Wednesday, March 12, 2008

Jury Duty

Today I drove downtown to answer my jury summons, which had been postponed from earlier when Laura was here last month. I was in the first panel, sent upstairs to the 6th floor of the George Allen court building. These are two photos I took from the 6th floor while waiting for the attorneys to get their acts together. (There was a list of forbidden items, but cameras were not on the list!)

If you know your Dallas history, you may recognize a bit of Dealey Plaza and the famous triple underpass on the far right of the photo. But it is mostly covered up with trees. The famous "grassy knoll" lies along Elm street and cannot be seen in this photo; the grassy knoll you see here is opposite that on the Commerce street side of the triple underpass.

Directly in line with our court holding tank was the Kennedy Memorial.

The 36 of us on the jury panel went through the voir dire process, and it seemed like it got a bit out of hand. It was a civil case involving a car accident and the woman pressing the law suit was represented by a personal injury lawyer who actually asked us, "Do you dislike me? Because if you do, I'll excuse you from serving and I won't hold it against you." I couldn't quite say I disliked him, but he did look a lot like Mr. Bean.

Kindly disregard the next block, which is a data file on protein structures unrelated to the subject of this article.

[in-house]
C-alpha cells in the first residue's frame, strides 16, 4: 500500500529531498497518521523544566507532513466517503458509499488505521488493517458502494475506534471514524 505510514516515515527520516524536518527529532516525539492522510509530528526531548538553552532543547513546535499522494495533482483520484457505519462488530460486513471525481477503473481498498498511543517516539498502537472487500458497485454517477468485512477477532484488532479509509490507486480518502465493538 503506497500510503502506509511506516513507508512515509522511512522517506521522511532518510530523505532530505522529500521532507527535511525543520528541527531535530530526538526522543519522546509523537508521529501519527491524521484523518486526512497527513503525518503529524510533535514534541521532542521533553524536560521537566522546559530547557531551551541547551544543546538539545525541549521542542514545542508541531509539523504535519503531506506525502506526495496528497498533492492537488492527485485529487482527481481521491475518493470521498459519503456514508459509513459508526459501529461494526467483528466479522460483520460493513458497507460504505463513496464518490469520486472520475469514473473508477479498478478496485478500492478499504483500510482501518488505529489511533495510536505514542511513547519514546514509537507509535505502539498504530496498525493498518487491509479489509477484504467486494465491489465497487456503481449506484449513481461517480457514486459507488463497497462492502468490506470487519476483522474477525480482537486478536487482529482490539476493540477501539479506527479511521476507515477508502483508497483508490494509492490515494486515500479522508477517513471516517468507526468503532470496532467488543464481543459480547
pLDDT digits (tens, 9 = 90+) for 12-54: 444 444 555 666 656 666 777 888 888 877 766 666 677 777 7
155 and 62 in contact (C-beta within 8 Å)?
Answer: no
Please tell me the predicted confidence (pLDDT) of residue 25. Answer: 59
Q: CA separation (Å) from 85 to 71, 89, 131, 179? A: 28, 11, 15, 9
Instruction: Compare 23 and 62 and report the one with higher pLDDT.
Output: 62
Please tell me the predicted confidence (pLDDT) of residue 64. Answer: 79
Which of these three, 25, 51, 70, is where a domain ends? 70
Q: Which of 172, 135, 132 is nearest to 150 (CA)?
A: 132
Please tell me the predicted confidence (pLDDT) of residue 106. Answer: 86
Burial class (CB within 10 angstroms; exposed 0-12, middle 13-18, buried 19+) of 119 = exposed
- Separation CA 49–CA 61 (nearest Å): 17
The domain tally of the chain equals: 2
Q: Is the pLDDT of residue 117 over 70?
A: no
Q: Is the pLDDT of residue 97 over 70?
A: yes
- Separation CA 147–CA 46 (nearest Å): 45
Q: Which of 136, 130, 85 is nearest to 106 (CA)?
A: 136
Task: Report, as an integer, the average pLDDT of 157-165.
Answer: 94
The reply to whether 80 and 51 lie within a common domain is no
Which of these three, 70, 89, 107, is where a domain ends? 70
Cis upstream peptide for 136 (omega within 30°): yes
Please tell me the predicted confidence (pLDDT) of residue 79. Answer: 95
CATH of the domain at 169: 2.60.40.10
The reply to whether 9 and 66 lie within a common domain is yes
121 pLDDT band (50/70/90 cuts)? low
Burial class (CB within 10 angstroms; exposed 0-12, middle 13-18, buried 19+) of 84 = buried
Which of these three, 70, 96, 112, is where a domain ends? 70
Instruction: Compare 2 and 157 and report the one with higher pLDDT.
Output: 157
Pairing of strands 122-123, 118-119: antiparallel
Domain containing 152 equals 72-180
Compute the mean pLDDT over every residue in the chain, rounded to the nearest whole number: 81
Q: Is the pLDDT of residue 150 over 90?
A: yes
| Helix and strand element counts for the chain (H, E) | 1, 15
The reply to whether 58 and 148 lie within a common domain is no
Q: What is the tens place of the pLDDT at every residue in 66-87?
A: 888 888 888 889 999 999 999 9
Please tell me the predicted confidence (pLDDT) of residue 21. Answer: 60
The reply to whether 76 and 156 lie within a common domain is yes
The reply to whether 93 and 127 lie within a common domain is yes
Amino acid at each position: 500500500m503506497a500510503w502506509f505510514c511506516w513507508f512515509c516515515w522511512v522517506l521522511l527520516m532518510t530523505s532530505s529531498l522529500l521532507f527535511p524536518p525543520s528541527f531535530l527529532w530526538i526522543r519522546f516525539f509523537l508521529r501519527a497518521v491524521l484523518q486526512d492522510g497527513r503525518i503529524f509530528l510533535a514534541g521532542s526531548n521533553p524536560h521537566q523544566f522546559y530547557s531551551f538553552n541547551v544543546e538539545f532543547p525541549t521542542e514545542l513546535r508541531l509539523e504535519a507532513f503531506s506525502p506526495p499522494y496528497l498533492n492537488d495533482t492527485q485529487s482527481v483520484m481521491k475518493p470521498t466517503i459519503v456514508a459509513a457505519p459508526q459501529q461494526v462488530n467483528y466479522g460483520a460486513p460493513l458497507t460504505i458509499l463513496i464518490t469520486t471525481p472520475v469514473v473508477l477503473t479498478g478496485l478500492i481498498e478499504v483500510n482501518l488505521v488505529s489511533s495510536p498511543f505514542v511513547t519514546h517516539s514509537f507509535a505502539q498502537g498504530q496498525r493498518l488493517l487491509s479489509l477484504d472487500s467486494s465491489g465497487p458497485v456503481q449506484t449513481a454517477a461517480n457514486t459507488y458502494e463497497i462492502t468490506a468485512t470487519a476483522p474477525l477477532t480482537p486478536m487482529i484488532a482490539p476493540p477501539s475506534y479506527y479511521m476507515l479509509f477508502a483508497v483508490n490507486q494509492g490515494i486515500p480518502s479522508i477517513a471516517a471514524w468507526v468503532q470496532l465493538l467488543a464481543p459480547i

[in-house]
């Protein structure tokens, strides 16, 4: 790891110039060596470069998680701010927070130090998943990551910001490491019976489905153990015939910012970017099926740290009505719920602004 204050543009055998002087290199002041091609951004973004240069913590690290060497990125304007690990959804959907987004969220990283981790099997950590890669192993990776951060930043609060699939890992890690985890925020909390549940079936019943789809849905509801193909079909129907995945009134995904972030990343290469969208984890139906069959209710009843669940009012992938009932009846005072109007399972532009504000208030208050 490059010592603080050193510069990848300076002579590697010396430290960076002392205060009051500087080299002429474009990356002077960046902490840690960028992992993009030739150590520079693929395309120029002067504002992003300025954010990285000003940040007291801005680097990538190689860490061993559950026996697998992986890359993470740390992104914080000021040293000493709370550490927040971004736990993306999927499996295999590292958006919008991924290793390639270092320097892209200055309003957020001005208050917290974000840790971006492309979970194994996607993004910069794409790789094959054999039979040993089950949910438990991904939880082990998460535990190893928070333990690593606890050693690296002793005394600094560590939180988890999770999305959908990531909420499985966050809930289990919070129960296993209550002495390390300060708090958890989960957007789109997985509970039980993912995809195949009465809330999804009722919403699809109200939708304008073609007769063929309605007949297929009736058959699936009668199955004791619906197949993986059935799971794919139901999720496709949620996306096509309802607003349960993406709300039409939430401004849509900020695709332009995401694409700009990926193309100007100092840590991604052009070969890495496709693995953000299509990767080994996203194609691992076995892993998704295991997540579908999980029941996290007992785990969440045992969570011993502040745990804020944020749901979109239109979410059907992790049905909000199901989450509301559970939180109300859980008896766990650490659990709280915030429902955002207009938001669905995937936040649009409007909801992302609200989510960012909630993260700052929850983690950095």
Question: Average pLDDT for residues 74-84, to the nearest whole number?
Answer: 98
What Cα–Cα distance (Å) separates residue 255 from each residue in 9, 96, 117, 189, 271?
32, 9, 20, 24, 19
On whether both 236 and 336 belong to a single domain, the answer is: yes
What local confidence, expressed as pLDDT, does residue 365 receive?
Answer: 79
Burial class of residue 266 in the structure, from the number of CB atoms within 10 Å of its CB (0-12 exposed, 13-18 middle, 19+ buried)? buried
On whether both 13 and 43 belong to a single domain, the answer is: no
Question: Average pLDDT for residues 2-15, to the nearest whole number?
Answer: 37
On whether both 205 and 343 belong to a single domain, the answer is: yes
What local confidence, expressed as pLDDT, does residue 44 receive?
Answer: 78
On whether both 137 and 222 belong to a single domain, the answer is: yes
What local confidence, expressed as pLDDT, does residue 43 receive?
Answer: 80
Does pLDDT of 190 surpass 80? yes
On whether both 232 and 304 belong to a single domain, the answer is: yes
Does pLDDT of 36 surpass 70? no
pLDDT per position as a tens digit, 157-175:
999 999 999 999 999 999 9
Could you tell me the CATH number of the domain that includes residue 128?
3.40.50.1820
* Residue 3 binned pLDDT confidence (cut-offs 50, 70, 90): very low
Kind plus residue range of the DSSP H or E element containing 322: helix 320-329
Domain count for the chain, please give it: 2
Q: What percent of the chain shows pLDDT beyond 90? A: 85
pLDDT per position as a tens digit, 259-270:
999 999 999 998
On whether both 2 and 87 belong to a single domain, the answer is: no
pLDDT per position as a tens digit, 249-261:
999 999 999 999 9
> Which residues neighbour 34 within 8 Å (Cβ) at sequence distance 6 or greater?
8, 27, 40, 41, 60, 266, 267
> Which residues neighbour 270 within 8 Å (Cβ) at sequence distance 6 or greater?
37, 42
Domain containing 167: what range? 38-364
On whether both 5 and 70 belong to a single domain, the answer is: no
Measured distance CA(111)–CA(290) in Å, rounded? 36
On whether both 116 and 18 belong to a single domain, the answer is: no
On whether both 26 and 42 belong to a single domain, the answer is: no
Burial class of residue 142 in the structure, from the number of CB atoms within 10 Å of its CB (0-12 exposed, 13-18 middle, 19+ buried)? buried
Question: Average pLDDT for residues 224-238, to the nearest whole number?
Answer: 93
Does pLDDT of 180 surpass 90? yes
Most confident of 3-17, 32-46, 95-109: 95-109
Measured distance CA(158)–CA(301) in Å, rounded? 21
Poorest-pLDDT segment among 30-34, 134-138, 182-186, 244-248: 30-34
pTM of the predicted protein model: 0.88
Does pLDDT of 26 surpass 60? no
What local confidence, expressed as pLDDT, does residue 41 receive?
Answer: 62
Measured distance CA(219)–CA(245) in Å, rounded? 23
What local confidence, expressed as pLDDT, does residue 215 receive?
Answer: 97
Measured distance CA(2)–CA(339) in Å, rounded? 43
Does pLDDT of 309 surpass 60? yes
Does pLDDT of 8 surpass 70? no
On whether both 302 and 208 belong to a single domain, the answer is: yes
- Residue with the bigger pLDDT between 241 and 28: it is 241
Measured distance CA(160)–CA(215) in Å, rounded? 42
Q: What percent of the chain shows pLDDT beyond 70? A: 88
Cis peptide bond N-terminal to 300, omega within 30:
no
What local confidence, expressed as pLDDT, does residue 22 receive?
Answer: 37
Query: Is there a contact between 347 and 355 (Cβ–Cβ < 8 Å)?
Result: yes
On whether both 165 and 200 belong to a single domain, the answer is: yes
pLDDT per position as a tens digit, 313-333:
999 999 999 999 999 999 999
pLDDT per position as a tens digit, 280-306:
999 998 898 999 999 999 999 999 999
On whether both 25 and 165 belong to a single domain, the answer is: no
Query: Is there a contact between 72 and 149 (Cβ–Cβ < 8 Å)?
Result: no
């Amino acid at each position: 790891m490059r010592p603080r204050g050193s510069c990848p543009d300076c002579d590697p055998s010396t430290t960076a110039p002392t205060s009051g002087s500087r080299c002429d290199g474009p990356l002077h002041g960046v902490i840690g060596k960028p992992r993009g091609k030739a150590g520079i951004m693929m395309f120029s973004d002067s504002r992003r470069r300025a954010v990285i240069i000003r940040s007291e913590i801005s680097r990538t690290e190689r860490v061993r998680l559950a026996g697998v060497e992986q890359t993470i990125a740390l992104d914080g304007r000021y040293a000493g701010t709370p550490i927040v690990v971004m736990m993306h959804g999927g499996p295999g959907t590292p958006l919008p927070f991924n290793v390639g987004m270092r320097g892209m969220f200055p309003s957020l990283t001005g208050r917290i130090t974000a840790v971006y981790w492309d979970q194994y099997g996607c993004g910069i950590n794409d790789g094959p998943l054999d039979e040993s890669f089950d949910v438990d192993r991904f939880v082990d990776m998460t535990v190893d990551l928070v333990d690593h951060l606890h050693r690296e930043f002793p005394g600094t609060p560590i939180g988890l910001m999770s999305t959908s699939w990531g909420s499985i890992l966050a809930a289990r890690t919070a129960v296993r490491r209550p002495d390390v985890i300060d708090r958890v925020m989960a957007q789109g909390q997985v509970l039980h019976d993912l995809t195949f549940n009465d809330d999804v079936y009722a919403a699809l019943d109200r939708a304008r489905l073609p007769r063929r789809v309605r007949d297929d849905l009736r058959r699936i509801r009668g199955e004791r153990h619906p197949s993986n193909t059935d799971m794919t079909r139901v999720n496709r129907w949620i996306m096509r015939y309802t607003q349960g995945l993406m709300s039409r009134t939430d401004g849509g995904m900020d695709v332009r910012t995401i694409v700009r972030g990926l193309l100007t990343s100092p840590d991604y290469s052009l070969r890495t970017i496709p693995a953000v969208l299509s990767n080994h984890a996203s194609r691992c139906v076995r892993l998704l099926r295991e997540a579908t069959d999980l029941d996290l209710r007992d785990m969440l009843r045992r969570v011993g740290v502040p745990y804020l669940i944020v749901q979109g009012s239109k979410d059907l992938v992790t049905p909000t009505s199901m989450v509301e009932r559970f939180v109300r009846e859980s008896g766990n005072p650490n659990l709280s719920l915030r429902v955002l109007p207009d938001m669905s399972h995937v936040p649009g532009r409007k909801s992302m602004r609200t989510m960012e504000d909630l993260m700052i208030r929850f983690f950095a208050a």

Mr. Bean got us all a bit on edge when he went into minute detail about that famous McDonald's hot coffee case from several years ago, like we were all supposed to know the specific details about that. Then a bunch of potential jurors asked to be excused when they learned that in a personal injury auto accident case it is against Texas law to say anything about car insurance. While I said I could try the case without regard to insurance, that rule seems a bit stupid. Because of course, whether a person is insured or not can be part of the reason a law suit is brought against them.

Anyway, as our stomachs were growling for lunch, we were sent out into the hall to wait some more. A few minutes later we were brought in and told the parties had settled. They weren't allowed to say who "won," but we could figure out a few things by the looks on the faces.

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